Behind the surface


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Warhol at the Whitney


Photos



  • Andy Warhol, "Brillo Boxes," 1969, Silkscreen ink on wood, fifty parts 20 x 20 x 17 in. each. Credit: Adel Gorgy




  • Andy Warhol, "Babe P.[aley]," c. 1955 Collaged metal leaf and embossed foil with ink on paper, 10 × 14 1/2 in. Credit: Adel Gorgy




  • Andy Warhol, "Coca-Cola [2]," 1961 Casein and wax crayon on linen, 69 1/2 x 52 1/4 in. Credit: Adel Gorgy




  • Andy Warhol, "Dick Tracy," c. 1961, Acrylic and wax crayon on canvas, 48 x 33 3/4 in. Credit: Adel Gorgy




  • Andy Warhol, "Marilyn Diptych," 1962, Acrylic, silkscreen ink, graphite on linen, two panels, 80 7/8 × 114 in. Credit: Adel Gorgy




  • Andy Warhol, "Nine Jackies," 1964, Acrylic and silkscreen ink on linen, nine panels, 60 3/8 × 48 1/4 in. Credit: Adel Gorgy




  • Jean-Michel Basquiat and Andy Warhol, "Paramount," 1984-85, Acrylic on canvas, 76 x 105 in. Credit: Adel Gorgy




  • Andy Warhol, "Self-Portrait," 1986, Silkscreened ink and acrylic on canvas, 106 x 106 in. Credit: Adel Gorgy



IF YOU GO:

WHAT: Andy Warhol — From A to B and Back Again

WHERE: Whitney Museum of American Art, 99 Gansevoort St.

WHEN: Through Mar. 31, 2019



By Mary Gregory

Andy Warhol, when he wasn’t painting, drawing, making films or recordings, or writing books, had a habit of scooping whatever artistic, mental detritus had accumulated on his workspace into a big cardboard box, sealing and dating it. One of these Warhol “time capsules” opens the Whitney’s sweeping retrospective “Andy Warhol — From A to B and Back Again.” Including, among other things, a Lou Reed album, a postcard of a Duchamp, and an announcement for a poetry reading at St. Mark’s Church in the East Village starring William S. Burroughs and John Giorno, it’s a revealing glimpse into a mind and a moment. There are countless such windows into the artist’s inspiration, work, influences and creative process throughout the thoughtful, eye-catching exhibition.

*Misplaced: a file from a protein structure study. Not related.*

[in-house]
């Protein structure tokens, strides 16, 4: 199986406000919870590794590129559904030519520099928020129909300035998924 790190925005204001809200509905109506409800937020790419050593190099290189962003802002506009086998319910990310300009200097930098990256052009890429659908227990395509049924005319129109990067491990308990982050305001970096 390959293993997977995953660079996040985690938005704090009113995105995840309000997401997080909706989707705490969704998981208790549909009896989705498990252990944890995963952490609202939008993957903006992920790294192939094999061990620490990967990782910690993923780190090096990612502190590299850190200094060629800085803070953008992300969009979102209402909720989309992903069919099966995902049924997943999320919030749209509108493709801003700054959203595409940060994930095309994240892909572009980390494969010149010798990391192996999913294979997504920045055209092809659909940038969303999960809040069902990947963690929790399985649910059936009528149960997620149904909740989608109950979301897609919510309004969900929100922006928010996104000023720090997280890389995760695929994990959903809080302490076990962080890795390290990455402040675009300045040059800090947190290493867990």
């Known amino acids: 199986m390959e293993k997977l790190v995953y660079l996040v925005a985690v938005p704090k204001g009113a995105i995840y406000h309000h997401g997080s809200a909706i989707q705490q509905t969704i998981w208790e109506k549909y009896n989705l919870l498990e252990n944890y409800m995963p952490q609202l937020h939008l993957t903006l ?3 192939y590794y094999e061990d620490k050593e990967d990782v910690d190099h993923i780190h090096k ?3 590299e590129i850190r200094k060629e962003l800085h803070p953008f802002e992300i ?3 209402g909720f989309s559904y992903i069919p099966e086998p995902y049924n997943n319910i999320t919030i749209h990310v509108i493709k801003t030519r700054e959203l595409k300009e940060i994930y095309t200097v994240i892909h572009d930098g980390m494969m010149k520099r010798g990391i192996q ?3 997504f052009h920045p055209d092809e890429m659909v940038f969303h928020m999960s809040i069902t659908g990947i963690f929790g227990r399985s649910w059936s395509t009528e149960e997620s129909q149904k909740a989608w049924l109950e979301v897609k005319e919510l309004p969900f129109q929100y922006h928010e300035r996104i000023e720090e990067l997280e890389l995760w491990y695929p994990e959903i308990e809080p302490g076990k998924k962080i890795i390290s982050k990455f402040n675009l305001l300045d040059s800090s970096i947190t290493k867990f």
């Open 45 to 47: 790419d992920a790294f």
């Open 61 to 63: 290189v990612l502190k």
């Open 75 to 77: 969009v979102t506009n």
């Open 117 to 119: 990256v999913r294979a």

Warhol once claimed, “If you want to know all about Andy Warhol, just look at the surface of my paintings and films and me, and there I am. There’s nothing behind it.” And yet, deputy director and senior curator Donna De Salvo, along with Christie Mitchell and Mark Loiacono, find plenty of depths to plumb. De Salvo’s presentation is guided by a deep knowledge of Warhol’s life. She met and worked with the artist when she was a young curator, and she’s mounted several major exhibitions of his work at different venues. Key points she focuses on here, through exhibition texts and selections of works, are Warhol’s life as a gay, Roman Catholic man, the son of working class immigrants and his role as both a keen observer of and participant in post-war American society.

The exhibition fills the entire fifth floor and other areas of the museum with some 350 works. It’s a monumental show and a powerhouse. There are rarely seen early paintings and drawings, commercial commissions (shoes he painted for the I. Miller company), intimate erotic sketches, iconic silkscreen prints, late works including superb collaborations with Jean-Michel Basquiat, along with films, books, time capsules and historic documents. They present a portrait of the artist, and pose complex questions about his life and work.